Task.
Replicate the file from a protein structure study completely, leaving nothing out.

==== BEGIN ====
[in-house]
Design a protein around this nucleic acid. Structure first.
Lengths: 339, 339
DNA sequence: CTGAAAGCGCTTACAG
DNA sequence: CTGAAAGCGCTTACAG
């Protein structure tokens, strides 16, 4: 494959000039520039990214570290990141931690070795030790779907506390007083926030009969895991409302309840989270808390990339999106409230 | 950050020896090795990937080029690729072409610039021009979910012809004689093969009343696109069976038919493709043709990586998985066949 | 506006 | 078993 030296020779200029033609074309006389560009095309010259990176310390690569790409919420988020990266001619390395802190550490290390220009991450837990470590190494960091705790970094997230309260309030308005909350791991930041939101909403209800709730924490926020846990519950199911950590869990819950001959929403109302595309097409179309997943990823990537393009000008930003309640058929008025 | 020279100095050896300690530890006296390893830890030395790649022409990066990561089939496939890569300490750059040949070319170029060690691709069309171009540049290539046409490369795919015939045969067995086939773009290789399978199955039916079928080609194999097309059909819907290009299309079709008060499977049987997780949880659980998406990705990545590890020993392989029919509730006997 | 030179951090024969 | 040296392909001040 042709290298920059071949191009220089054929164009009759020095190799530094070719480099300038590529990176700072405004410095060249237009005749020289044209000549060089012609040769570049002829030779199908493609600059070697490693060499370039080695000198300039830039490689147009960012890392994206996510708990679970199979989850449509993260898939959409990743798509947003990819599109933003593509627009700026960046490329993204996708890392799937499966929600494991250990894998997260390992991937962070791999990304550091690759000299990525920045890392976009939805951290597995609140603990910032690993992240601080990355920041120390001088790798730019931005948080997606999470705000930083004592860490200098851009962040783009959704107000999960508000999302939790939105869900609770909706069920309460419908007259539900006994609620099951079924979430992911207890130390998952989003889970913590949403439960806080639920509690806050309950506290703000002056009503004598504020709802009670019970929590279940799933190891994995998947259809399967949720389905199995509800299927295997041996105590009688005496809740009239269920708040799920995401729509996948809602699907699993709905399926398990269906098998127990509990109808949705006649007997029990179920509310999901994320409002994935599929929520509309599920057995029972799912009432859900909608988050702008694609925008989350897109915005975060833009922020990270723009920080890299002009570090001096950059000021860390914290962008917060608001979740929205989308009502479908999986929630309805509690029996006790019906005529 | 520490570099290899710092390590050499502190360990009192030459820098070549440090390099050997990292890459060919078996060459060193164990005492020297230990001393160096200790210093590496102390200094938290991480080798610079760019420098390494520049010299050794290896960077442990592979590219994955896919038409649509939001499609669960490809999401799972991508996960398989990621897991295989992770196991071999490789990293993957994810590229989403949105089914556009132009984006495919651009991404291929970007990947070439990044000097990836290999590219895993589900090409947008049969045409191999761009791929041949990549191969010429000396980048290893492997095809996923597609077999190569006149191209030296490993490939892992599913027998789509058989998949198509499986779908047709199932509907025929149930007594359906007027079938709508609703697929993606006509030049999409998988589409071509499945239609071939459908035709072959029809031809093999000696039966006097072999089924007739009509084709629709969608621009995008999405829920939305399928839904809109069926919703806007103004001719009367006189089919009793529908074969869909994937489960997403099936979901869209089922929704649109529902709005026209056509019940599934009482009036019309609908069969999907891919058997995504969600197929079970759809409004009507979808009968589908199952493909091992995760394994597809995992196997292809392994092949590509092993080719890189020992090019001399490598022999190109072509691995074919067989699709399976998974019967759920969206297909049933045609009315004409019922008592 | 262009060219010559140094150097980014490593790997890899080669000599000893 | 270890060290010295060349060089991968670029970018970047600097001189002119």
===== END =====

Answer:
[in-house]
Design a protein around this nucleic acid. Structure first.
Lengths: 339, 339
DNA sequence: CTGAAAGCGCTTACAG
DNA sequence: CTGAAAGCGCTTACAG
């Protein structure tokens, strides 16, 4: 494959000039520039990214570290990141931690070795030790779907506390007083926030009969895991409302309840989270808390990339999106409230 | 950050020896090795990937080029690729072409610039021009979910012809004689093969009343696109069976038919493709043709990586998985066949 | 506006 | 078993 030296020779200029033609074309006389560009095309010259990176310390690569790409919420988020990266001619390395802190550490290390220009991450837990470590190494960091705790970094997230309260309030308005909350791991930041939101909403209800709730924490926020846990519950199911950590869990819950001959929403109302595309097409179309997943990823990537393009000008930003309640058929008025 | 020279100095050896300690530890006296390893830890030395790649022409990066990561089939496939890569300490750059040949070319170029060690691709069309171009540049290539046409490369795919015939045969067995086939773009290789399978199955039916079928080609194999097309059909819907290009299309079709008060499977049987997780949880659980998406990705990545590890020993392989029919509730006997 | 030179951090024969 | 040296392909001040 042709290298920059071949191009220089054929164009009759020095190799530094070719480099300038590529990176700072405004410095060249237009005749020289044209000549060089012609040769570049002829030779199908493609600059070697490693060499370039080695000198300039830039490689147009960012890392994206996510708990679970199979989850449509993260898939959409990743798509947003990819599109933003593509627009700026960046490329993204996708890392799937499966929600494991250990894998997260390992991937962070791999990304550091690759000299990525920045890392976009939805951290597995609140603990910032690993992240601080990355920041120390001088790798730019931005948080997606999470705000930083004592860490200098851009962040783009959704107000999960508000999302939790939105869900609770909706069920309460419908007259539900006994609620099951079924979430992911207890130390998952989003889970913590949403439960806080639920509690806050309950506290703000002056009503004598504020709802009670019970929590279940799933190891994995998947259809399967949720389905199995509800299927295997041996105590009688005496809740009239269920708040799920995401729509996948809602699907699993709905399926398990269906098998127990509990109808949705006649007997029990179920509310999901994320409002994935599929929520509309599920057995029972799912009432859900909608988050702008694609925008989350897109915005975060833009922020990270723009920080890299002009570090001096950059000021860390914290962008917060608001979740929205989308009502479908999986929630309805509690029996006790019906005529 | 520490570099290899710092390590050499502190360990009192030459820098070549440090390099050997990292890459060919078996060459060193164990005492020297230990001393160096200790210093590496102390200094938290991480080798610079760019420098390494520049010299050794290896960077442990592979590219994955896919038409649509939001499609669960490809999401799972991508996960398989990621897991295989992770196991071999490789990293993957994810590229989403949105089914556009132009984006495919651009991404291929970007990947070439990044000097990836290999590219895993589900090409947008049969045409191999761009791929041949990549191969010429000396980048290893492997095809996923597609077999190569006149191209030296490993490939892992599913027998789509058989998949198509499986779908047709199932509907025929149930007594359906007027079938709508609703697929993606006509030049999409998988589409071509499945239609071939459908035709072959029809031809093999000696039966006097072999089924007739009509084709629709969608621009995008999405829920939305399928839904809109069926919703806007103004001719009367006189089919009793529908074969869909994937489960997403099936979901869209089922929704649109529902709005026209056509019940599934009482009036019309609908069969999907891919058997995504969600197929079970759809409004009507979808009968589908199952493909091992995760394994597809995992196997292809392994092949590509092993080719890189020992090019001399490598022999190109072509691995074919067989699709399976998974019967759920969206297909049933045609009315004409019922008592 | 262009060219010559140094150097980014490593790997890899080669000599000893 | 270890060290010295060349060089991968670029970018970047600097001189002119």